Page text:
2nd Lieut. Colin William BURNLEY-CAMPBELL (1888-1915, compiler and photographer).
[SOUTH AMERICA, MEXICO and VENEZUELA] A ‘Kodak’ photograph album of 193 snapshot photographs, recalling Colin Burnley-Campbell’s travels and his work as a civil engineer - including working on a dam (in Mexico) and an asphalt works (in Venezuela), and subsequently in the Middle and Far East.
[Various locations, but all in the Americas: undated but 1912-1914]. Large oblong quarto (8 ¼ x 11 inches; 209 x 280 mm). 25 card leaves with window-mount spaces for 4 photos. per page, this album with 193 photographs (including several images of Burnley-Campbell). (Some fading and spotting [see images]). Original half lather over cloth-covered boards (rubbed, lightly soiled, damage to spine). Provenance: purchased (indirectly) from the family.
A valuable record and also a reminder of a life cut short by WWI.
“Colin William Burnley-Campbell was born on the 9th March 1888 at Craigmore, Rothesay, Bute, Argllshire, the son of Hardin Burnley-Campbell, a retired Army Lieutenant Colonel, and Margaret Jane Campbell Hunter. Colin was educated at Marlborough College and Ardvreck School, Crieff, before he came to the University of Glasgow in 1906 at the age of 18 to study Engineering, taking classes in Natural Philosophy, Chemistry, Mathematics, Engineering and Drawing. He graduated BSc (Engineering) in 1912.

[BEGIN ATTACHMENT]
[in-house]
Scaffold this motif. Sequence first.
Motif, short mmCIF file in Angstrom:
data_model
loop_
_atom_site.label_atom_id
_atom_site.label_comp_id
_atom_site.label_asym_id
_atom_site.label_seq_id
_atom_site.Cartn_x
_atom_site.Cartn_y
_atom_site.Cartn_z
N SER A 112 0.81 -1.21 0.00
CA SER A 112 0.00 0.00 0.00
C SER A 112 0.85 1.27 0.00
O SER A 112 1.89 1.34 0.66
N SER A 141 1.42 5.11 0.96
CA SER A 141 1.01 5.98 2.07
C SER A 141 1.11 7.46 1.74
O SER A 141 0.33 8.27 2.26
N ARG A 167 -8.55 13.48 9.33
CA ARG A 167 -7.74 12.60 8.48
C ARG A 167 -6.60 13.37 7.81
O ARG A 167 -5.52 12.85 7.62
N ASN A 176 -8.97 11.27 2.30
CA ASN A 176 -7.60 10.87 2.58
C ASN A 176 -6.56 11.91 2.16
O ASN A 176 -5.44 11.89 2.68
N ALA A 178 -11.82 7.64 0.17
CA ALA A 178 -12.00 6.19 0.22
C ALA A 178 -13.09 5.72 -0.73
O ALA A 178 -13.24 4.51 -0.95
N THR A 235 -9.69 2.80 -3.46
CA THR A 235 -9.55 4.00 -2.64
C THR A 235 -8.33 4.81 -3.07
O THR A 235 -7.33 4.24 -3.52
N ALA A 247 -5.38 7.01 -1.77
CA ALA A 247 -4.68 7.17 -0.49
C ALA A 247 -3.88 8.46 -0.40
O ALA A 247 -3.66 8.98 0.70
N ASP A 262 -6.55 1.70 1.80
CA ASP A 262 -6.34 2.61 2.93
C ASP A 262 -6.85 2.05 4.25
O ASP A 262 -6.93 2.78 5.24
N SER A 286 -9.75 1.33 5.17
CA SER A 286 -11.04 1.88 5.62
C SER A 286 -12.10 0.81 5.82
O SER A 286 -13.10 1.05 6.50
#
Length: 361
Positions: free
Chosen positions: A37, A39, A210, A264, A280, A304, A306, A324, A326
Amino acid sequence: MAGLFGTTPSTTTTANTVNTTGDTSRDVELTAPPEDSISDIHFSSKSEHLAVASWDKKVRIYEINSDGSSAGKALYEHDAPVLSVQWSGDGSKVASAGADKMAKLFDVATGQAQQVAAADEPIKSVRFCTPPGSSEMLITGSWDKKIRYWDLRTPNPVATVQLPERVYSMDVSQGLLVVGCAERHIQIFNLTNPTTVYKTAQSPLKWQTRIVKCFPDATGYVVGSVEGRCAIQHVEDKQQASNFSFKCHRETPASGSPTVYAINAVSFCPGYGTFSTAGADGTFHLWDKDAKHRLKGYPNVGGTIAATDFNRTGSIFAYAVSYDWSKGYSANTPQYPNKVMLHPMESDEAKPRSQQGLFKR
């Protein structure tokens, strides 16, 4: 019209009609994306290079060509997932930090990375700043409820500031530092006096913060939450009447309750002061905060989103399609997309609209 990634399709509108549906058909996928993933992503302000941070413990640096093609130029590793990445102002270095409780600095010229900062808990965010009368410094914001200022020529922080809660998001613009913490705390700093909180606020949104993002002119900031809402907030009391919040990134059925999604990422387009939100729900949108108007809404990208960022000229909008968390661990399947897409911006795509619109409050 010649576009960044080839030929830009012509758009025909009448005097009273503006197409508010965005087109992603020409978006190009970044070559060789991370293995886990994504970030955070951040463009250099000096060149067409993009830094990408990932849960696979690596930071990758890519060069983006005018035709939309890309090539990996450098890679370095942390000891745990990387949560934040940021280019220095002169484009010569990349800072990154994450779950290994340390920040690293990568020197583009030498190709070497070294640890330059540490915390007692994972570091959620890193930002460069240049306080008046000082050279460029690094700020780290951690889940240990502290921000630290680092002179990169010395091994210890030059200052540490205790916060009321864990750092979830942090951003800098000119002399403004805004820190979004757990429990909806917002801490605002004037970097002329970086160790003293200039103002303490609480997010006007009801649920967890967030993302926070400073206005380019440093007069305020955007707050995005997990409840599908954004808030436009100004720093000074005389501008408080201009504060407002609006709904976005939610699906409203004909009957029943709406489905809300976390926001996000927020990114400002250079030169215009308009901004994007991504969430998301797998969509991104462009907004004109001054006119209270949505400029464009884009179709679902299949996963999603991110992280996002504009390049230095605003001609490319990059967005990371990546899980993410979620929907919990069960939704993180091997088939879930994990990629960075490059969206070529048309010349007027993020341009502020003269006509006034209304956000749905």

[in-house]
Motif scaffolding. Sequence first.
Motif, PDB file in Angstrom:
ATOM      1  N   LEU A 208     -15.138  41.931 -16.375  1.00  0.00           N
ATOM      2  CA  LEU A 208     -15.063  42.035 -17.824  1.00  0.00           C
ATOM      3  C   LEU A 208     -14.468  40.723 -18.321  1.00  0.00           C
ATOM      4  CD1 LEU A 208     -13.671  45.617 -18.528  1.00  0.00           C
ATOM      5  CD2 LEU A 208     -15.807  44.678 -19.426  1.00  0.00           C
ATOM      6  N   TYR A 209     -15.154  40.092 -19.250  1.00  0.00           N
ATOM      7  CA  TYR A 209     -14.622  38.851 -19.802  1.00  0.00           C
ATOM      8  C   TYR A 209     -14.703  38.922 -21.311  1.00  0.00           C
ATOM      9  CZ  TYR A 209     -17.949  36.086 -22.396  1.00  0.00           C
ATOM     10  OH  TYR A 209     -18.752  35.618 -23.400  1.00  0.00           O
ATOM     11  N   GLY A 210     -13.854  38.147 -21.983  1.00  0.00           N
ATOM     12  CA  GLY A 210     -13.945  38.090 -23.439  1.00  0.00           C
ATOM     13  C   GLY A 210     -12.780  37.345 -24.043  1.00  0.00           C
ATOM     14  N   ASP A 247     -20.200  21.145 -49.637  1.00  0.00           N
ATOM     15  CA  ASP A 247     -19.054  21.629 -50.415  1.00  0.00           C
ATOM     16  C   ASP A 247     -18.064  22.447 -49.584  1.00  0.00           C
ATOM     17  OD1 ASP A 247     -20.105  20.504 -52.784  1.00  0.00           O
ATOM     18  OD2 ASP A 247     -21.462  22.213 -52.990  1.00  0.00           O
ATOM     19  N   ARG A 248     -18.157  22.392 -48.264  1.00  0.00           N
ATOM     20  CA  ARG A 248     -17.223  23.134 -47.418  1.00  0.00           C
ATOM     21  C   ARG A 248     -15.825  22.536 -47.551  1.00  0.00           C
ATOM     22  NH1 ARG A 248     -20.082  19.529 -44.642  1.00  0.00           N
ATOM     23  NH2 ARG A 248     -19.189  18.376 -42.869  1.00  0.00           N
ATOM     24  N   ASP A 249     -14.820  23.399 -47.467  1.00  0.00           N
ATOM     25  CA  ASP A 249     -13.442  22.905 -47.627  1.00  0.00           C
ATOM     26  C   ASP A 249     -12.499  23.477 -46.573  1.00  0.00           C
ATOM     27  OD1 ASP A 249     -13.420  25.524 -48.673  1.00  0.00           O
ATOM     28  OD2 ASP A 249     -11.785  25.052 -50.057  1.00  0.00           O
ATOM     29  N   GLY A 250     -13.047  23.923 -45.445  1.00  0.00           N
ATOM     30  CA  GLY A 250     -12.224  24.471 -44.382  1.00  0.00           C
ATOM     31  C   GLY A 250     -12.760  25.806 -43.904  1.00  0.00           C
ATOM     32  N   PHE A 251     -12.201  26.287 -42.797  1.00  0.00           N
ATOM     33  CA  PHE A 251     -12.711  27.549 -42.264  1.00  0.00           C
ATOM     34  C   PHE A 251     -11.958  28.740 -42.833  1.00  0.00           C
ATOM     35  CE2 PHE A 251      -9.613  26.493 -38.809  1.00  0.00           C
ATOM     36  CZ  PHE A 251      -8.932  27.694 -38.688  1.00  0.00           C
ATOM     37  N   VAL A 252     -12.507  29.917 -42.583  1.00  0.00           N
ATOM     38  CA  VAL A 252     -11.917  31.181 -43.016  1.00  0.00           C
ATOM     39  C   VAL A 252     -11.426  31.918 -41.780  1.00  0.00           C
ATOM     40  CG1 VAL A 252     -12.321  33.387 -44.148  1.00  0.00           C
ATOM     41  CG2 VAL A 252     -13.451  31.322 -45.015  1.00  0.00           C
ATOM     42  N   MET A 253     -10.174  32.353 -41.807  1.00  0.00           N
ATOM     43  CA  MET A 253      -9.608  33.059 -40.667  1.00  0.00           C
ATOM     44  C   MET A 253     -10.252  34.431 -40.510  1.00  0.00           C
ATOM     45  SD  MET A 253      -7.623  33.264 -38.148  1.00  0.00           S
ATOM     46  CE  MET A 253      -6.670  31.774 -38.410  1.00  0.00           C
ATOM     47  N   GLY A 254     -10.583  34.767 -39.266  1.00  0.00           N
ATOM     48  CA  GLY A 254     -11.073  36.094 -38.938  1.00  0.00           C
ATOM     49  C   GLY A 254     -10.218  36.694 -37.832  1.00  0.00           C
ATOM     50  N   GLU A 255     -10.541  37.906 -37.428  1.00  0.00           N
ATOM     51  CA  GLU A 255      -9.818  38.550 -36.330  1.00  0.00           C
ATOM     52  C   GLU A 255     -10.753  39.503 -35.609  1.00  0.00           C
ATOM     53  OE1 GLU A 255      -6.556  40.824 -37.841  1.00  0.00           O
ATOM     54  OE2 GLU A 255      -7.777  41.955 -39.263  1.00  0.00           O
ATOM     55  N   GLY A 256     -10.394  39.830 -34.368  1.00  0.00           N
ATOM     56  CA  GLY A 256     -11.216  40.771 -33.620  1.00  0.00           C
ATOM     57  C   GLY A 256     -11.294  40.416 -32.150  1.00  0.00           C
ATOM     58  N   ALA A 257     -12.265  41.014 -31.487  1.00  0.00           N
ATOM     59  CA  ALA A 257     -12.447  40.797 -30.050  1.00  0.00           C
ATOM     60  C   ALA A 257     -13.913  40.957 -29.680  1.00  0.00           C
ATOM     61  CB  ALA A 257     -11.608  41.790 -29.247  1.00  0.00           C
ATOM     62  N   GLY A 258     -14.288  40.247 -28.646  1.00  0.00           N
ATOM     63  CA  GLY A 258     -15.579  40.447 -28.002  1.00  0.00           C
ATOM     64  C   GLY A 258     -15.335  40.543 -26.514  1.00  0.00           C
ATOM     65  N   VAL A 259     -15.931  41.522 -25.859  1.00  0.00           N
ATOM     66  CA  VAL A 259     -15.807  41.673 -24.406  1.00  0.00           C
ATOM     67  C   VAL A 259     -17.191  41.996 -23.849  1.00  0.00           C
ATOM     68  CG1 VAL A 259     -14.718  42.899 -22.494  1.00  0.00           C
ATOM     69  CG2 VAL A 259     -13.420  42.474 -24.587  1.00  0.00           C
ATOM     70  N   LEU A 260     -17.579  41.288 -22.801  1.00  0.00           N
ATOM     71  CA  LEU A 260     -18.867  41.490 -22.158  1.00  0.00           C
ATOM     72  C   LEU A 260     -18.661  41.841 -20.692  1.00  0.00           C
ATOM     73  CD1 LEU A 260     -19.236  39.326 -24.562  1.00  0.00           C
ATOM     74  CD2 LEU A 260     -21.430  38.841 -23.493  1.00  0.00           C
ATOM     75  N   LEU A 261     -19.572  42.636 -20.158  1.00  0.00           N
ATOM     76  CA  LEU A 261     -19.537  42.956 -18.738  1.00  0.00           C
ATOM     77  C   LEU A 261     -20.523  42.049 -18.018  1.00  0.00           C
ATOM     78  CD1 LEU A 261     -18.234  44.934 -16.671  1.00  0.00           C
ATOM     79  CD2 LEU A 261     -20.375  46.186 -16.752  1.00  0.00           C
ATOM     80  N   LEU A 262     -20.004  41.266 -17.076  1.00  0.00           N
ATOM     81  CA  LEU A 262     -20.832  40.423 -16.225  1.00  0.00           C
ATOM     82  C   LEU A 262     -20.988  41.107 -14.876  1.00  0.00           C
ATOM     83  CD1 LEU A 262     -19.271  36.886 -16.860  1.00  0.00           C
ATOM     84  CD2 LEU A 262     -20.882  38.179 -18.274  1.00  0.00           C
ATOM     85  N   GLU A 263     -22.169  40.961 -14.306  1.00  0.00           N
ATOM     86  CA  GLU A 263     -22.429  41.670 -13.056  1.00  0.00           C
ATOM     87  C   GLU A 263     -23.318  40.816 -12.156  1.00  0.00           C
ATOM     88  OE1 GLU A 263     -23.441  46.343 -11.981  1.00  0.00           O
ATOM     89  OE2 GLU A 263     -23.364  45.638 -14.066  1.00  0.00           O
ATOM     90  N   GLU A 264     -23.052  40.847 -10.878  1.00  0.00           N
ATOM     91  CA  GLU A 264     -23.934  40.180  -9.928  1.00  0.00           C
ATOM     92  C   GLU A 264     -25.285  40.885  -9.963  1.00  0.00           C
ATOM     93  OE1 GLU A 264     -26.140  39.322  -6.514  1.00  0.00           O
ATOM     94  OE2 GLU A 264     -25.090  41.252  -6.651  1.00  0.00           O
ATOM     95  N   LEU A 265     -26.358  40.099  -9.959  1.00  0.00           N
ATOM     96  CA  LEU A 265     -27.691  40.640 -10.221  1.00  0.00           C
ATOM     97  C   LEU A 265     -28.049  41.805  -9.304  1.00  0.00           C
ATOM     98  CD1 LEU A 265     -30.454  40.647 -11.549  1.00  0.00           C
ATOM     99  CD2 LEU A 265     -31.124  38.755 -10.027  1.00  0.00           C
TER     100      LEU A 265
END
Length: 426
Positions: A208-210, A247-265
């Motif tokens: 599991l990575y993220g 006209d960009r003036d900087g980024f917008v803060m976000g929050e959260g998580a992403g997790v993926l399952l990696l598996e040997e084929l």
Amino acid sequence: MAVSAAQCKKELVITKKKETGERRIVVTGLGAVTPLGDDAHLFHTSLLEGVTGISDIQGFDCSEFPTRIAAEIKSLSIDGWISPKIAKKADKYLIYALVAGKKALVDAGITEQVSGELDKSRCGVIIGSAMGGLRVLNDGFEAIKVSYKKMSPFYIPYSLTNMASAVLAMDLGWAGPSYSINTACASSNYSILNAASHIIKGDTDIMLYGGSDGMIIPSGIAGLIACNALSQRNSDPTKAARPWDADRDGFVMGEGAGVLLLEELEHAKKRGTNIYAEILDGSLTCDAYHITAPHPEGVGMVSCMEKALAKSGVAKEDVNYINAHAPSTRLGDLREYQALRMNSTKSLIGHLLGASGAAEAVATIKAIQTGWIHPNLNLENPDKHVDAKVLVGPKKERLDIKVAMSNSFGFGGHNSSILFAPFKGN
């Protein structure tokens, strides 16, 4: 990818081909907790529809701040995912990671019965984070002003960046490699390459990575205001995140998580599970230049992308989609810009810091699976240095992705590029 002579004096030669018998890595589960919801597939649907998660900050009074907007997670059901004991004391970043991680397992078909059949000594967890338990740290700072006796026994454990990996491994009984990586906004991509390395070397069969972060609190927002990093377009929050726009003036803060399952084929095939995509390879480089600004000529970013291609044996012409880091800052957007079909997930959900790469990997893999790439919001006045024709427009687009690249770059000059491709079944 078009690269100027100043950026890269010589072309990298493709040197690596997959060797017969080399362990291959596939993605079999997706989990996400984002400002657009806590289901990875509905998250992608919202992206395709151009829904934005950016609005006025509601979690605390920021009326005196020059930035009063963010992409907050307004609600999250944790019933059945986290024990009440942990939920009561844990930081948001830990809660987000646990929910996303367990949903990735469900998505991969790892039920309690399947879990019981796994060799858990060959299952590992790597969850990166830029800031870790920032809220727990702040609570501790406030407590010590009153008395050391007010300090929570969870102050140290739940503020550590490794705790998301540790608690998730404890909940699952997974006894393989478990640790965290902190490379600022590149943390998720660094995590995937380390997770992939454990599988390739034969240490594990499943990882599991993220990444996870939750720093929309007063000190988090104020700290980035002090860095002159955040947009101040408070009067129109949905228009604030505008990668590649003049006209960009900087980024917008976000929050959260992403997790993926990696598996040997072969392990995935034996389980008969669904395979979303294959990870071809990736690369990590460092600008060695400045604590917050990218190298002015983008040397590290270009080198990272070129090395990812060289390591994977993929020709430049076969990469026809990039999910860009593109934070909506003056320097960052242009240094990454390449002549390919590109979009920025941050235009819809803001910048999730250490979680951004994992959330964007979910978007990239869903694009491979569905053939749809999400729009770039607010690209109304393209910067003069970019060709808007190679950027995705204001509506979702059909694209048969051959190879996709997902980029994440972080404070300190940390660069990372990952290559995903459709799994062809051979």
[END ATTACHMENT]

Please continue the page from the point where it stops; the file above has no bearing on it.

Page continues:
He was elected an Associate of the Institute of Civil Engineers in 1913 and worked on major civil engineering projects around the world, including a dam in Mexico, asphalt works in Venezuela, ... [for Sir John Jackson’s firm on waterworks at Beyrout, Syria, and Singapore harbour works, returning home in September, 1914] ... and accepted a commission in the 1st Bn. (Princess Louise’s) of the Argyll and Sutherland Highlanders.
2nd Lieutenant Colin William Burnley-Campbell was killed in action in France on the 27th June 1915, aged 27, by a bullet through the heart, while scouting alone in front of the trenches in Northern France. He is buried at La Chapelle-d'Armentieres Old Military Cemetery, west of Armentieres in Northern France.” (https://www.universitystory.gla.ac.uk/ww1-biography/?id=2234)